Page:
Sense-and-respond implant aims to improve cancer outcomes

Rice University is leading a $45m project to develop a so-called sense-and-respond implant aimed at more than halving deaths from cancer.


The award from the US Advanced Research Projects Agency for Health (ARPA-H) has gone to researchers from seven US states whose first-of-its-kind approach to cancer treatment aims to improve immunotherapy outcomes for patients with ovarian, pancreatic and other difficult-to-treat cancers.

Weiyi Peng, assistant professor of biology and biochemistry at the University of Houston’s College of Natural Sciences and Mathematics, is co-principal investigator and one of three group leaders of the project. She will lead preclinical testing of the targeted hybrid oncotherapeutic regulation (THOR) technology, along with discovery of biomarkers associated with efficacy.

“By integrating a self-regulated circuit, the THOR technology can adjust the dose of immunotherapy reagents based on a patient’s responses,” Peng said in a statement. “With this new feature, THOR is expected to achieve better efficacy and minimise immune-related toxicity. We hope this personalised immunotherapy will revolutionise treatments for patients with peritoneal cancers that affect the liver, lungs and other organs.”

The technology is said to work through a minimally invasive procedure to implant a small device that continuously monitors a patient’s cancer and adjusts their dose in real time.

“This kind of ‘closed-loop therapy’ has been used for managing diabetes, where you have a glucose monitor that continuously talks to an insulin pump. But for cancer immunotherapy, it’s revolutionary,” said Rice University bioengineer Omid Veiseh, principal investigator on the ARPA-H cooperative agreement.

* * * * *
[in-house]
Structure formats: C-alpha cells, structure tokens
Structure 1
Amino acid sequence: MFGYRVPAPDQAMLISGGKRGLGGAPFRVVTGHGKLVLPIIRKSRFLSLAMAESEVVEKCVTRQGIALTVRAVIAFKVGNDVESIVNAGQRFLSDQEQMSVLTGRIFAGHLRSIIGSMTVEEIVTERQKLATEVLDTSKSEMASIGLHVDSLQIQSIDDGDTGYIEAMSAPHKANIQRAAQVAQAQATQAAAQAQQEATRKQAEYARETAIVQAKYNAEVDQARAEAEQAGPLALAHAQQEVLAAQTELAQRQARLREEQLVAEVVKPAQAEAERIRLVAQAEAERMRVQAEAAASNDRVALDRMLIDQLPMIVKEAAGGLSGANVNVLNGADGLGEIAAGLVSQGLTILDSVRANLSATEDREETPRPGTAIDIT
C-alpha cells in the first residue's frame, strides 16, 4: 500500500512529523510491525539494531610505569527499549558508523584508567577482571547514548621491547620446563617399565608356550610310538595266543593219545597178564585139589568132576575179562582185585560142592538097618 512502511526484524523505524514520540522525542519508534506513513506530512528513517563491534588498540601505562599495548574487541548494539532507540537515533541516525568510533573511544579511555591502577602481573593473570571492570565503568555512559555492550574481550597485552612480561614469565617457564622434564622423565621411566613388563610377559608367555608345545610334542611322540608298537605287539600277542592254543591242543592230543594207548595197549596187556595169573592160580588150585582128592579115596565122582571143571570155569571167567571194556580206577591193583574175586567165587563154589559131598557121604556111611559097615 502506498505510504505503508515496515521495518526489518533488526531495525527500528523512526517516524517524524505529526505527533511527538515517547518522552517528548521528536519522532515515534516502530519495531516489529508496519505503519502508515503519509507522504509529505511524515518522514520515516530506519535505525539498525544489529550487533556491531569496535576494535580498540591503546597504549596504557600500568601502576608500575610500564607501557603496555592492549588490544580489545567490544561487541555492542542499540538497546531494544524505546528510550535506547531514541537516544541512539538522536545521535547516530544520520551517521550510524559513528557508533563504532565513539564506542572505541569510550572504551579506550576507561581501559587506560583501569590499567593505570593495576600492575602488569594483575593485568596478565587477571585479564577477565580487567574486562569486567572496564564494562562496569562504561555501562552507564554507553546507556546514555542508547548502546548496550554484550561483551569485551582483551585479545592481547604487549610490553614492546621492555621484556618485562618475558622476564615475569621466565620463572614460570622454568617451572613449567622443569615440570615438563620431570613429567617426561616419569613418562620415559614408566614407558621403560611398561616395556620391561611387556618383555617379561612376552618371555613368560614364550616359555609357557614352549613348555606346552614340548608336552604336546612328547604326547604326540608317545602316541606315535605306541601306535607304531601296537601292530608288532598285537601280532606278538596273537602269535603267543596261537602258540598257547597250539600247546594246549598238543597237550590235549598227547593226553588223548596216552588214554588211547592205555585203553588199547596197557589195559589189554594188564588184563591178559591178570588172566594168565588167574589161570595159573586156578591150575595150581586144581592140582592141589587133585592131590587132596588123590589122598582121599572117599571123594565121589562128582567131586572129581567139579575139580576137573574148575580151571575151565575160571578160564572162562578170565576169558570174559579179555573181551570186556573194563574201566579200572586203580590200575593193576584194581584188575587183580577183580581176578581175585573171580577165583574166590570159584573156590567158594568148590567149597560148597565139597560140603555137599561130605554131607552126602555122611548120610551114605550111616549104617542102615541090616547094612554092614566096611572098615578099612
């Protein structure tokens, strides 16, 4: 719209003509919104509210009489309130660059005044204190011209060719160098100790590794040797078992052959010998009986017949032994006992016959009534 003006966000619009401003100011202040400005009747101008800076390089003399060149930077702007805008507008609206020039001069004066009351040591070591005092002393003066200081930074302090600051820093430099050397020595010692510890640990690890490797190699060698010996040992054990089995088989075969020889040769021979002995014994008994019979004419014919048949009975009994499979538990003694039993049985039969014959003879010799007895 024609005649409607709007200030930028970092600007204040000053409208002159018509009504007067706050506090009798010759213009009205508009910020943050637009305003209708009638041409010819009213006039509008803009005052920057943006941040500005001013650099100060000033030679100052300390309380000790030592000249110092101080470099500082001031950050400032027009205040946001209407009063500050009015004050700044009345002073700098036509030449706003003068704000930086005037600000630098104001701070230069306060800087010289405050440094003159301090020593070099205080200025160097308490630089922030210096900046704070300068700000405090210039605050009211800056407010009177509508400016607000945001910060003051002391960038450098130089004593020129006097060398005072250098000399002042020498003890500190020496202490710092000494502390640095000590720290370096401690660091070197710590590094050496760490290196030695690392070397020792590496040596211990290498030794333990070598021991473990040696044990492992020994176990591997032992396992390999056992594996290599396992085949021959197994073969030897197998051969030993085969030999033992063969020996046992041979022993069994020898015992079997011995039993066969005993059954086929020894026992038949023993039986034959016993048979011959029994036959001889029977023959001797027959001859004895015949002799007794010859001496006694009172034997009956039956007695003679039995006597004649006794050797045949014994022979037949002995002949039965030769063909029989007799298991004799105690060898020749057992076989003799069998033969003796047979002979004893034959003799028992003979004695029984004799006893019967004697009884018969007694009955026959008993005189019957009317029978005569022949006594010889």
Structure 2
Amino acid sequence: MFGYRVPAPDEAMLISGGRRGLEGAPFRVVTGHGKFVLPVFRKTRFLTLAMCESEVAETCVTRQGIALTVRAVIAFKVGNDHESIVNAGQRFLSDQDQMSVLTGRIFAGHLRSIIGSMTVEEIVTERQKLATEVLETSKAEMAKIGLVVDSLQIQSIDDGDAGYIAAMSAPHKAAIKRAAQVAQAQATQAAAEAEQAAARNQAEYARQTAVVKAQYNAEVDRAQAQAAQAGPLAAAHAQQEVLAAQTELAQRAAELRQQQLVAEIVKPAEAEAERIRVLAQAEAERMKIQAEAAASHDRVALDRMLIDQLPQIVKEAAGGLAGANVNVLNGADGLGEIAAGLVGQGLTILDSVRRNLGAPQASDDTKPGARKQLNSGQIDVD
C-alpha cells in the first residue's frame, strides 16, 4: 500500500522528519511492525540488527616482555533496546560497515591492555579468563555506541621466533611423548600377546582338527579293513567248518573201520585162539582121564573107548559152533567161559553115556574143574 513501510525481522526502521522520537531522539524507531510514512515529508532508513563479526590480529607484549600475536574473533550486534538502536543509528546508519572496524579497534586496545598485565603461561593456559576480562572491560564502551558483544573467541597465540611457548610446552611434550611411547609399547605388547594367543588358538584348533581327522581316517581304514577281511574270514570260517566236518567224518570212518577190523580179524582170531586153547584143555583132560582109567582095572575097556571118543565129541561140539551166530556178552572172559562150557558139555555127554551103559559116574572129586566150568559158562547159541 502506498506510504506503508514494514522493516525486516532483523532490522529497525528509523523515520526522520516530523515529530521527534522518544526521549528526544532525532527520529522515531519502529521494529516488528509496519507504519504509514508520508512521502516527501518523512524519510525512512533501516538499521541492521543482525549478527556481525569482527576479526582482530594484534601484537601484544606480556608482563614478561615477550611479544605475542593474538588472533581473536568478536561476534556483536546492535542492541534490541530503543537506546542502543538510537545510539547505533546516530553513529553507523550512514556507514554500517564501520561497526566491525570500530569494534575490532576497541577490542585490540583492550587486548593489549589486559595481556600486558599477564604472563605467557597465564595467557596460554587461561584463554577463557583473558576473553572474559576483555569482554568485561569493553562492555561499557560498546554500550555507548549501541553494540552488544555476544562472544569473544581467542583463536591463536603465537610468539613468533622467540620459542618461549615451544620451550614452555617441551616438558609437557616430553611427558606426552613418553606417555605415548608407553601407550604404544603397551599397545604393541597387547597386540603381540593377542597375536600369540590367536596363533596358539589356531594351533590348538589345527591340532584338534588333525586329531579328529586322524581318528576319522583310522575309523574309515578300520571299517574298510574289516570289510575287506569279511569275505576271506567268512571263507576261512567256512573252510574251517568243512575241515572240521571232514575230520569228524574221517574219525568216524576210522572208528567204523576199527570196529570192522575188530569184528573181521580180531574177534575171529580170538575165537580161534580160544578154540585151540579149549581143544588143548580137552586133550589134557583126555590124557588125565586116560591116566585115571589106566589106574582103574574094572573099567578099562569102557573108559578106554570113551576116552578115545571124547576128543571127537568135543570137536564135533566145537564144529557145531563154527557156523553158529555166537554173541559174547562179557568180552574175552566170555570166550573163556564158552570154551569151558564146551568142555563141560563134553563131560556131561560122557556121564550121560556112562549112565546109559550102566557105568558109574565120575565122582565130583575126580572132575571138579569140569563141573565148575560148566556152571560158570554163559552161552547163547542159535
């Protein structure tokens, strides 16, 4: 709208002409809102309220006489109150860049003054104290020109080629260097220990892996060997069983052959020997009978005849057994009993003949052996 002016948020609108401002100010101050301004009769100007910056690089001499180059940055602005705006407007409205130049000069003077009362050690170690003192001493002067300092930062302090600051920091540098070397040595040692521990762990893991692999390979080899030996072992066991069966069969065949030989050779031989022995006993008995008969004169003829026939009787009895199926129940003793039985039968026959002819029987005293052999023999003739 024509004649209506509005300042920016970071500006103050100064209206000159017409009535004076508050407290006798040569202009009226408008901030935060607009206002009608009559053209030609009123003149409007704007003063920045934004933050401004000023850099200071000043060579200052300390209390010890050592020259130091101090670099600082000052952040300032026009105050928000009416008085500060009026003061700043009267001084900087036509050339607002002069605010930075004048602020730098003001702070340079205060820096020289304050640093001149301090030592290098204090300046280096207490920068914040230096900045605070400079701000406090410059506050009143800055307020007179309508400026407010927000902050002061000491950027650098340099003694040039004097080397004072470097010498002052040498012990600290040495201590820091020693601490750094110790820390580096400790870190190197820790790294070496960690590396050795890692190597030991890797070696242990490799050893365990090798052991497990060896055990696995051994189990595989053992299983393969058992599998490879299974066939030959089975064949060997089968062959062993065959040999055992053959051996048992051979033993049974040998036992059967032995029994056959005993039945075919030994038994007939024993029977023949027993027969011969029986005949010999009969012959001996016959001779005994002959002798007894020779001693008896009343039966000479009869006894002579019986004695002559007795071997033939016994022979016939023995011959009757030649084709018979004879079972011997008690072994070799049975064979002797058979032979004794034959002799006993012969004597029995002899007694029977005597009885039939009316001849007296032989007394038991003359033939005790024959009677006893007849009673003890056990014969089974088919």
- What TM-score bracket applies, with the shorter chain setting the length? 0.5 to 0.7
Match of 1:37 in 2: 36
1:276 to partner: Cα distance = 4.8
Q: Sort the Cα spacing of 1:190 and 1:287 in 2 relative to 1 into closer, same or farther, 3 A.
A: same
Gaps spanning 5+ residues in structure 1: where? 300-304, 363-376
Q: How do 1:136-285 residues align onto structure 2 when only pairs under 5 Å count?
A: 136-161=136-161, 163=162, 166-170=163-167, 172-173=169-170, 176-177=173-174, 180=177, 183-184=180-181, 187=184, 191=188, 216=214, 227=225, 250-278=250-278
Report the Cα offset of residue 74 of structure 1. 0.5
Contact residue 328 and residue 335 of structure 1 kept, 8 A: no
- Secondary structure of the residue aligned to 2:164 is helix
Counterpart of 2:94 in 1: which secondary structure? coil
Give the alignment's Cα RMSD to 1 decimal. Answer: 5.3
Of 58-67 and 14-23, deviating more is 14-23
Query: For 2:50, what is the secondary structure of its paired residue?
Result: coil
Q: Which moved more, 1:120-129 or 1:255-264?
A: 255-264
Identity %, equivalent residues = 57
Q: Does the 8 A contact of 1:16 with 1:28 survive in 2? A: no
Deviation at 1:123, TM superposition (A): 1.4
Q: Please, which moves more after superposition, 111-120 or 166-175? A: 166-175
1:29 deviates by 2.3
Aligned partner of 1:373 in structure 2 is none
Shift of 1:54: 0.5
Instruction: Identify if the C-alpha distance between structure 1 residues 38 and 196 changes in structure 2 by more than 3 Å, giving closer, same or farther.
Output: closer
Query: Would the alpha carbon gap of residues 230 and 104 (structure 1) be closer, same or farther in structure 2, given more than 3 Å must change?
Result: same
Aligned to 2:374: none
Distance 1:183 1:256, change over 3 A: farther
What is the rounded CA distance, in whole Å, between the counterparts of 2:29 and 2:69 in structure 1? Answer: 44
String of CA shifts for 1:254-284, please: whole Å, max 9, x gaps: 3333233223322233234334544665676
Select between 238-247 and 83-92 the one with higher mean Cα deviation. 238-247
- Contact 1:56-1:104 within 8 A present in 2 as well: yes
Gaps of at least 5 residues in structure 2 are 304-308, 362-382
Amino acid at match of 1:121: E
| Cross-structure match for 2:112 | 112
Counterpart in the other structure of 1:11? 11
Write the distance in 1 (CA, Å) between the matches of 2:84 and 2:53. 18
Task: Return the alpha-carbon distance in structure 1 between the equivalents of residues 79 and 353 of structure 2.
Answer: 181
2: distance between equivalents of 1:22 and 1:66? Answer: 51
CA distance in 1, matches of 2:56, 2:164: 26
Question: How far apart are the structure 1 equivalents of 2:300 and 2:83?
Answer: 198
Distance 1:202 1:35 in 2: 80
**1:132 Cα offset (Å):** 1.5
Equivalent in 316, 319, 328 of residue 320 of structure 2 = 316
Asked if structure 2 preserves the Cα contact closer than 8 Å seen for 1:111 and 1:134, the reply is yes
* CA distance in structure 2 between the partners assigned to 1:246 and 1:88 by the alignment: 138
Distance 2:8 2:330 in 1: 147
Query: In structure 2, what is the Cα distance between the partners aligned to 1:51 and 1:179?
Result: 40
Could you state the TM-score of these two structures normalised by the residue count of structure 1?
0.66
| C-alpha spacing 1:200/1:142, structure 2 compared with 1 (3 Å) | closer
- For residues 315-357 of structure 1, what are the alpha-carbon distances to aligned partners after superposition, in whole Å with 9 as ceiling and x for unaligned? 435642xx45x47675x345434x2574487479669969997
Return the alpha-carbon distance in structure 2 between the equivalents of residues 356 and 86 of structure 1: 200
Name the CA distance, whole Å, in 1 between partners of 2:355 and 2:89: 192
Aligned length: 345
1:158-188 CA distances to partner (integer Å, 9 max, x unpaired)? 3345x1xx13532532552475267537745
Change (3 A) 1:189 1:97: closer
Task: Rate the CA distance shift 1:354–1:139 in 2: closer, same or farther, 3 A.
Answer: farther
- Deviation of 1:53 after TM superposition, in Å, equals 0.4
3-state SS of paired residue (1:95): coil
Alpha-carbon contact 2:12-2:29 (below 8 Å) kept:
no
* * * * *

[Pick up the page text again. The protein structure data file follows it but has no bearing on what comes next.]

The THOR cooperative agreement includes funding for a first-phase clinical trial of the hybrid advanced molecular manufacturing regulator (HAMMR) implant for the treatment of recurrent ovarian cancer. The trial is slated to begin in the fourth year of THOR’s five-and-a-half-year project.

“The first clinical trial will focus on refractory recurrent ovarian cancer, and the benefit of that is that we have an ongoing trial for ovarian cancer with our encapsulated cytokine ‘drug factory’ technology,” said Veiseh.

“We'll be able to build on that experience. We had already demonstrated a unique model to go from concept to clinical trial within five years, and HAMMR is the next iteration of that approach.”

Peng collaborated with Veiseh and his team on the cytokine ‘drug factory’ technology that was published in Science Advances in 2022. She and Chunyu Xu, technical research supervisor at UH, investigated how the capsules reshape the tumour environment to achieve maximum tumour-fighting immune responses in pre-clinical cancer models.